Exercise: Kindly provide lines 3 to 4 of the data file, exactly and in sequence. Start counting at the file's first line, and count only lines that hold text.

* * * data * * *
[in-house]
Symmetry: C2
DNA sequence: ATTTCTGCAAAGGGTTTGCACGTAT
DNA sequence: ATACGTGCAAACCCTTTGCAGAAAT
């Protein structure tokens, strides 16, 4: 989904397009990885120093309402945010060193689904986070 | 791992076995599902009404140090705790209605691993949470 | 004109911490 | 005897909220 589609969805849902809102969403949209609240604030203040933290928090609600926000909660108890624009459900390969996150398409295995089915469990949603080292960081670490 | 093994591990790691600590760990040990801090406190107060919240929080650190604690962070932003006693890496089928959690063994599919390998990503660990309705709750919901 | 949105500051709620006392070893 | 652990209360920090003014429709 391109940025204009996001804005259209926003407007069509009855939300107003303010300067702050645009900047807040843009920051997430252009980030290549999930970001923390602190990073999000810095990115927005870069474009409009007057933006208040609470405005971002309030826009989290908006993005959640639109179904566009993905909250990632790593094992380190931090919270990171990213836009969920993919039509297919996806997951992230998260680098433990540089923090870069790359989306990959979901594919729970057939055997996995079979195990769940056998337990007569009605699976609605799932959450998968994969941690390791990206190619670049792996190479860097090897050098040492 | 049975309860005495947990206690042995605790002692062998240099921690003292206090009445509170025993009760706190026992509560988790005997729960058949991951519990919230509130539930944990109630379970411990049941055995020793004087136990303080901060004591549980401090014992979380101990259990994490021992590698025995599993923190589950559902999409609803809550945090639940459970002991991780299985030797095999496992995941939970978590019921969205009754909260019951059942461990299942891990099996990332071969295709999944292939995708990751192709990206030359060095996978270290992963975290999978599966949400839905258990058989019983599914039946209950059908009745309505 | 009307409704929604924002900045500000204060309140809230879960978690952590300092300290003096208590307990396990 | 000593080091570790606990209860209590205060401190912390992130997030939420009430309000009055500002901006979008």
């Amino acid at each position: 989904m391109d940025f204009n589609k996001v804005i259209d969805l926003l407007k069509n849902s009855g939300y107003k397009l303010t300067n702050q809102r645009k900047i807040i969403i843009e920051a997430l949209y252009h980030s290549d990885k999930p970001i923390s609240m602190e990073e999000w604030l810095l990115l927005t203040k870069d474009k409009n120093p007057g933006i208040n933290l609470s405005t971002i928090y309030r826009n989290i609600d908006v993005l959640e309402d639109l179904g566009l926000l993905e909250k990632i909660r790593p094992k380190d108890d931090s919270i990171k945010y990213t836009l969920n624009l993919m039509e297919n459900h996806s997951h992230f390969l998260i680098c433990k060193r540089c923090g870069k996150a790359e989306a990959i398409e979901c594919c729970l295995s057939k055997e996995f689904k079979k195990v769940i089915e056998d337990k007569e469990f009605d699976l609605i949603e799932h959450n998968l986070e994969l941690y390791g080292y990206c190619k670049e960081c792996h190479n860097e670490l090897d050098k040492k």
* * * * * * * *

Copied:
DNA sequence: ATTTCTGCAAAGGGTTTGCACGTAT
DNA sequence: ATACGTGCAAACCCTTTGCAGAAAT